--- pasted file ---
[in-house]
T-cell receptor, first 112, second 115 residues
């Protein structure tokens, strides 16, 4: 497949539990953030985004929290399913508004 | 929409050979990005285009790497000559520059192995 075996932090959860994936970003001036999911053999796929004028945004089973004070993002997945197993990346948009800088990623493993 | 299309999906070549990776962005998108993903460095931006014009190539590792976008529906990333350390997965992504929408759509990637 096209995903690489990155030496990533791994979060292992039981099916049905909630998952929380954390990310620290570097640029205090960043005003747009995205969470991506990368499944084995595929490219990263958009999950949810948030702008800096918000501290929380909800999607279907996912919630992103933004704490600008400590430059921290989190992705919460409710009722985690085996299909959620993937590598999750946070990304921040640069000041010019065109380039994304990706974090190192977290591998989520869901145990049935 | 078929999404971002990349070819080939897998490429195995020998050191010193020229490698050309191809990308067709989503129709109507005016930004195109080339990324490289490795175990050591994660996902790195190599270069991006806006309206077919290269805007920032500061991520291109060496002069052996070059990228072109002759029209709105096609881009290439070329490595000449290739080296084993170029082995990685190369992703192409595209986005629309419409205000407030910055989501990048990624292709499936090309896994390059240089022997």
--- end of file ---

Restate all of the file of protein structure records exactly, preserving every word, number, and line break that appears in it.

[in-house]
T-cell receptor, first 112, second 115 residues
């Protein structure tokens, strides 16, 4: 497949539990953030985004929290399913508004 | 929409050979990005285009790497000559520059192995 075996932090959860994936970003001036999911053999796929004028945004089973004070993002997945197993990346948009800088990623493993 | 299309999906070549990776962005998108993903460095931006014009190539590792976008529906990333350390997965992504929408759509990637 096209995903690489990155030496990533791994979060292992039981099916049905909630998952929380954390990310620290570097640029205090960043005003747009995205969470991506990368499944084995595929490219990263958009999950949810948030702008800096918000501290929380909800999607279907996912919630992103933004704490600008400590430059921290989190992705919460409710009722985690085996299909959620993937590598999750946070990304921040640069000041010019065109380039994304990706974090190192977290591998989520869901145990049935 | 078929999404971002990349070819080939897998490429195995020998050191010193020229490698050309191809990308067709989503129709109507005016930004195109080339990324490289490795175990050591994660996902790195190599270069991006806006309206077919290269805007920032500061991520291109060496002069052996070059990228072109002759029209709105096609881009290439070329490595000449290739080296084993170029082995990685190369992703192409595209986005629309419409205000407030910055989501990048990624292709499936090309896994390059240089022997």